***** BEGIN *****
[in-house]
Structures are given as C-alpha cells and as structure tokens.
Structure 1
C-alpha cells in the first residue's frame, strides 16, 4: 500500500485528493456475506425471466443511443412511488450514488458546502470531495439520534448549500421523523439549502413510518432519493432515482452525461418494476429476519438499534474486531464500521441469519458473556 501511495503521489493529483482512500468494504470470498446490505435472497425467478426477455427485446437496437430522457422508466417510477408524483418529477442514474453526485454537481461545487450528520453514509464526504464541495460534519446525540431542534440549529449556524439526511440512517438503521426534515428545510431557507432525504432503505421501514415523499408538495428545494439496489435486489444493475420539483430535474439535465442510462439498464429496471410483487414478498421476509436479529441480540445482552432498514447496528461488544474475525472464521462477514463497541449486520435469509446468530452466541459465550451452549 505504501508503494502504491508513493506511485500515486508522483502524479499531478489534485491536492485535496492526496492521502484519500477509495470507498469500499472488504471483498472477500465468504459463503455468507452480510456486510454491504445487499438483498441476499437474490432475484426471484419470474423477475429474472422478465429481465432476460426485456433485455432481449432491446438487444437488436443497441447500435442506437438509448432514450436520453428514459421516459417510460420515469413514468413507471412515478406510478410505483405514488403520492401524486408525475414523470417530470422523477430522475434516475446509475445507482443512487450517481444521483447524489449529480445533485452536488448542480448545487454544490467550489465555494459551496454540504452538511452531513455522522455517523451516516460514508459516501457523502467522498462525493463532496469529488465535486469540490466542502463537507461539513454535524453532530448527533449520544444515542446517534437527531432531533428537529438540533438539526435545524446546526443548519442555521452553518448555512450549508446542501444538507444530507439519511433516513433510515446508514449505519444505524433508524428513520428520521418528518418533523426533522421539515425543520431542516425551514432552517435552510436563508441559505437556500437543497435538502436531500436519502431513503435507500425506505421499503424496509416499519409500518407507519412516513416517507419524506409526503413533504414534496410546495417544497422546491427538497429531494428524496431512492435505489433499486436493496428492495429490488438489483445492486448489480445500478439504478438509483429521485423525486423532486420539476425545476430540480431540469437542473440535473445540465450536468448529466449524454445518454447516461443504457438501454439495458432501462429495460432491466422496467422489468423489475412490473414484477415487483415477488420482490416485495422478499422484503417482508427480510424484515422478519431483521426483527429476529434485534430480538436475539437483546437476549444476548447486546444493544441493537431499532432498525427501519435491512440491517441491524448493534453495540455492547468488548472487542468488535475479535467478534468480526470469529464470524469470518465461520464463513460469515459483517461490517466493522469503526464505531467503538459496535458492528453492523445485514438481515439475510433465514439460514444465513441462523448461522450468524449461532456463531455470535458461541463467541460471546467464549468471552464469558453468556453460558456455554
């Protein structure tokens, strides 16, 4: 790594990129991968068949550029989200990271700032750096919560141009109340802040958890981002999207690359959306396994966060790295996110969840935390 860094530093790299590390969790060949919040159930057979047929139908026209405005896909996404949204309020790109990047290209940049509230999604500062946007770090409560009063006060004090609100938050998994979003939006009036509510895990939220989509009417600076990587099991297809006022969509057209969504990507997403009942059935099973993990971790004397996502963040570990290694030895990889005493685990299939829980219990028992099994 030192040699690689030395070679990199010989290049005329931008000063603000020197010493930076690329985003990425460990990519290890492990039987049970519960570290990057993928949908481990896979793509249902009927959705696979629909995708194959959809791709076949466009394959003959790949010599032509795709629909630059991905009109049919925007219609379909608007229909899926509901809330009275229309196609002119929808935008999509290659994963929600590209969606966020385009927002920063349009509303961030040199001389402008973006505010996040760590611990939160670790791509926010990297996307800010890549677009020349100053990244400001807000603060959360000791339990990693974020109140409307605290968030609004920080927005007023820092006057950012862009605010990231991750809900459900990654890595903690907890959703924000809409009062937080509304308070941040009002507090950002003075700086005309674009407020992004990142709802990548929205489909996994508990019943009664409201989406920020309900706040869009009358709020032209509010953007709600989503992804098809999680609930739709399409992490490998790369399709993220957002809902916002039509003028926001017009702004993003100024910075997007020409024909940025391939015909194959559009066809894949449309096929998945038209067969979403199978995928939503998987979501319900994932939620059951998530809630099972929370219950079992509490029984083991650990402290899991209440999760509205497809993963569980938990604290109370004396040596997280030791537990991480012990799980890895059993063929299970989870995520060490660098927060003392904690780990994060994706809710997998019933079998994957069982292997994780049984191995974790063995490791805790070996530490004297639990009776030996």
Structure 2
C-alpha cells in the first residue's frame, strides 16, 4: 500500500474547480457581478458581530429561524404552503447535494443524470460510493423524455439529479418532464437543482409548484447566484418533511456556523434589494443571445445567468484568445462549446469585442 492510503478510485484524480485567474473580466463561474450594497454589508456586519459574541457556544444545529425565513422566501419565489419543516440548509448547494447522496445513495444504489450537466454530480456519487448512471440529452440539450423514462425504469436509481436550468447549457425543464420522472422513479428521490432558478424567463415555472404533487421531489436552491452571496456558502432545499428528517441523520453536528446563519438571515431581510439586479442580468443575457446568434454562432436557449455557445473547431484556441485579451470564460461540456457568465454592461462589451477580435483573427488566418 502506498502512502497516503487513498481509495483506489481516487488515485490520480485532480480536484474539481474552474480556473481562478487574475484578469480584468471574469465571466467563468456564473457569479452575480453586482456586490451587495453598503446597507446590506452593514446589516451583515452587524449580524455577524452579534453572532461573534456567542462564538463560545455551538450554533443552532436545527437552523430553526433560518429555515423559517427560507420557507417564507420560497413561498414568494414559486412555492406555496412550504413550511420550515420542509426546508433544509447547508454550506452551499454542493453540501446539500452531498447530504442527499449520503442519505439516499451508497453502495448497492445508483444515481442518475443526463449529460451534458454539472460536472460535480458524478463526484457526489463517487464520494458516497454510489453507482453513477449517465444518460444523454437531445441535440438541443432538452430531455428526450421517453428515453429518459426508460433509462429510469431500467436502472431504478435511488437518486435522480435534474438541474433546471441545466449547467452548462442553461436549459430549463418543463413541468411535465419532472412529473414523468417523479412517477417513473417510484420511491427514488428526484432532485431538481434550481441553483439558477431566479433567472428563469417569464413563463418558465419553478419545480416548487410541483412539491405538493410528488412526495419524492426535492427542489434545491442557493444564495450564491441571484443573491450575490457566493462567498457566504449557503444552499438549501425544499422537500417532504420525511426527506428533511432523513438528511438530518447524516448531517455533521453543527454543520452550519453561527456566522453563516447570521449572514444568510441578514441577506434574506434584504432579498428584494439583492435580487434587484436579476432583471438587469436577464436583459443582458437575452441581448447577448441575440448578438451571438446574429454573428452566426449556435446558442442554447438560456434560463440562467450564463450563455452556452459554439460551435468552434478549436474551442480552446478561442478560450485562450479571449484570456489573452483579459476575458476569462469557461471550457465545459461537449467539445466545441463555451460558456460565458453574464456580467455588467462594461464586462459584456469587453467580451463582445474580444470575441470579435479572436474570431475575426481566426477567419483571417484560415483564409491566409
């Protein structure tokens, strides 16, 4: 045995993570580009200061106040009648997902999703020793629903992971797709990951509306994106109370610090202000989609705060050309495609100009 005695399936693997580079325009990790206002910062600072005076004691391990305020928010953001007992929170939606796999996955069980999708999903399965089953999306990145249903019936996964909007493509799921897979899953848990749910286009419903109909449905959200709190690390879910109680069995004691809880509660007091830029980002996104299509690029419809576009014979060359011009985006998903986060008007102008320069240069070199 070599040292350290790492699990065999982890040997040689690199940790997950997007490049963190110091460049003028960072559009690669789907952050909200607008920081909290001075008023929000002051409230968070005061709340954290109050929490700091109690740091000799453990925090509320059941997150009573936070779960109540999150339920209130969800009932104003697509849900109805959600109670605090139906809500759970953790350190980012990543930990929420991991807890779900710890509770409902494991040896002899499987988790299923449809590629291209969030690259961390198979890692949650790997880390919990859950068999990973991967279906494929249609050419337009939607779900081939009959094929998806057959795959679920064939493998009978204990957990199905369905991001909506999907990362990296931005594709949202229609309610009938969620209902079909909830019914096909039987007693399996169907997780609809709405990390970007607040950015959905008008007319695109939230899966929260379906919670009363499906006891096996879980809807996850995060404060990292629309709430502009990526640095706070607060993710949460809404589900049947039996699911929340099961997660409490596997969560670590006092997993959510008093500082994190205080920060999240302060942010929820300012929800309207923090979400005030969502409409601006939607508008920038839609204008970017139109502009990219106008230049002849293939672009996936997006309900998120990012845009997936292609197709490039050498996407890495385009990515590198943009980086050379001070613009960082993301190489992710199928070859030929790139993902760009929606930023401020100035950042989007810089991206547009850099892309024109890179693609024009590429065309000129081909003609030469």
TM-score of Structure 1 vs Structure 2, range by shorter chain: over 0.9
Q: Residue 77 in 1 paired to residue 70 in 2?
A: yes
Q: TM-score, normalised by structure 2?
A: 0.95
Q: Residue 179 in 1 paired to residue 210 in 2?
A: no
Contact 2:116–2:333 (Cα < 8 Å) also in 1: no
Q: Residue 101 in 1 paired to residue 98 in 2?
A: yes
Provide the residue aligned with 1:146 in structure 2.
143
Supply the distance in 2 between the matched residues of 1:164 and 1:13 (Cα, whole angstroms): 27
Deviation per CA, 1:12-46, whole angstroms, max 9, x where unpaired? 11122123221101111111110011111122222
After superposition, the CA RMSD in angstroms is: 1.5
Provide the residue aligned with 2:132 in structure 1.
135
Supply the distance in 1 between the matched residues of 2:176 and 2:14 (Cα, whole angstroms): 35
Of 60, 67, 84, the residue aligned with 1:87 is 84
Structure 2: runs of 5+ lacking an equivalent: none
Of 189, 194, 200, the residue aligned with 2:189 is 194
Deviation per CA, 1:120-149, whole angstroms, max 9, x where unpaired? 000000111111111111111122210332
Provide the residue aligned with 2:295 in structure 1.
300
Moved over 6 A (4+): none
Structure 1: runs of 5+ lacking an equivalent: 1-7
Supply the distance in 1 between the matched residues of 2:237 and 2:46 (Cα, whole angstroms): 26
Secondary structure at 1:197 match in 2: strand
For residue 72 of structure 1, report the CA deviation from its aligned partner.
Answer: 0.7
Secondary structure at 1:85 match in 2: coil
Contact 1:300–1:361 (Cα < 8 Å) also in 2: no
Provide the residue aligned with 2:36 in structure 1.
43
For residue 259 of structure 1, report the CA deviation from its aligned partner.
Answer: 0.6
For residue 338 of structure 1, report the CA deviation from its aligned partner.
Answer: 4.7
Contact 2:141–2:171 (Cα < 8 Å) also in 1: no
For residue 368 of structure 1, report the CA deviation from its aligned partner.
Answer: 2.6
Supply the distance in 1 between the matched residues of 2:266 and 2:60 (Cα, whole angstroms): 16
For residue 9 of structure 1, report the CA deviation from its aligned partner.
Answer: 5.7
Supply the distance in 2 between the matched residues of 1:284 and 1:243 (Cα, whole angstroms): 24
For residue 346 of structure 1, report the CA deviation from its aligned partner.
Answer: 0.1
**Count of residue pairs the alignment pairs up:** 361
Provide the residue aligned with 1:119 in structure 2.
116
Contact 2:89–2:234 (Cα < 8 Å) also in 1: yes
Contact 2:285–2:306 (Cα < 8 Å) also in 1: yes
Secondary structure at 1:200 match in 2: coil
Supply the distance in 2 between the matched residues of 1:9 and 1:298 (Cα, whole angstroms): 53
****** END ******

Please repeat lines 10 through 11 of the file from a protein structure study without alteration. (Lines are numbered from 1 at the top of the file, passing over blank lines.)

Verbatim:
Q: Residue 77 in 1 paired to residue 70 in 2?
A: yes